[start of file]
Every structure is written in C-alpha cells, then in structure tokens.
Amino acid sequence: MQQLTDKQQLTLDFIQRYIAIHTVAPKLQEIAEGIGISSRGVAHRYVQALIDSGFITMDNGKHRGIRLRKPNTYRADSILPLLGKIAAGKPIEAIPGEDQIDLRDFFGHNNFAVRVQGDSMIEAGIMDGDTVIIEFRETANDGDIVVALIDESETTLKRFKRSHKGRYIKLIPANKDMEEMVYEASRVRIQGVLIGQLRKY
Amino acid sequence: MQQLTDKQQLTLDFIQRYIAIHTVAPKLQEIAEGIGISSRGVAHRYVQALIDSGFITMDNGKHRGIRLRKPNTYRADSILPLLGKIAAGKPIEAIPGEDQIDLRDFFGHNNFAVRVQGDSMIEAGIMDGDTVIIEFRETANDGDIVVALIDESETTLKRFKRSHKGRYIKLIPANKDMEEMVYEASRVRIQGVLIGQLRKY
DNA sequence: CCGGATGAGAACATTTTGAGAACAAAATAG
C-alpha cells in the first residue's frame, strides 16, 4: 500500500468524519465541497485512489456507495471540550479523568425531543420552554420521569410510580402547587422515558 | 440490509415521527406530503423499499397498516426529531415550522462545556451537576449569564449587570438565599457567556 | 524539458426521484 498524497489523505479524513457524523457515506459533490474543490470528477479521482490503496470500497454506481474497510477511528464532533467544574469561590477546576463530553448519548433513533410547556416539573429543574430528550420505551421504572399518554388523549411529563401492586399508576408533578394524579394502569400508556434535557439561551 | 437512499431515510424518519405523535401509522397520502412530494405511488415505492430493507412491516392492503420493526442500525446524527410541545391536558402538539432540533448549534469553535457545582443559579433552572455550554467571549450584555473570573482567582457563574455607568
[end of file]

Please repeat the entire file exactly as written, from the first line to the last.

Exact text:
Every structure is written in C-alpha cells, then in structure tokens.
Amino acid sequence: MQQLTDKQQLTLDFIQRYIAIHTVAPKLQEIAEGIGISSRGVAHRYVQALIDSGFITMDNGKHRGIRLRKPNTYRADSILPLLGKIAAGKPIEAIPGEDQIDLRDFFGHNNFAVRVQGDSMIEAGIMDGDTVIIEFRETANDGDIVVALIDESETTLKRFKRSHKGRYIKLIPANKDMEEMVYEASRVRIQGVLIGQLRKY
Amino acid sequence: MQQLTDKQQLTLDFIQRYIAIHTVAPKLQEIAEGIGISSRGVAHRYVQALIDSGFITMDNGKHRGIRLRKPNTYRADSILPLLGKIAAGKPIEAIPGEDQIDLRDFFGHNNFAVRVQGDSMIEAGIMDGDTVIIEFRETANDGDIVVALIDESETTLKRFKRSHKGRYIKLIPANKDMEEMVYEASRVRIQGVLIGQLRKY
DNA sequence: CCGGATGAGAACATTTTGAGAACAAAATAG
C-alpha cells in the first residue's frame, strides 16, 4: 500500500468524519465541497485512489456507495471540550479523568425531543420552554420521569410510580402547587422515558 | 440490509415521527406530503423499499397498516426529531415550522462545556451537576449569564449587570438565599457567556 | 524539458426521484 498524497489523505479524513457524523457515506459533490474543490470528477479521482490503496470500497454506481474497510477511528464532533467544574469561590477546576463530553448519548433513533410547556416539573429543574430528550420505551421504572399518554388523549411529563401492586399508576408533578394524579394502569400508556434535557439561551 | 437512499431515510424518519405523535401509522397520502412530494405511488415505492430493507412491516392492503420493526442500525446524527410541545391536558402538539432540533448549534469553535457545582443559579433552572455550554467571549450584555473570573482567582457563574455607568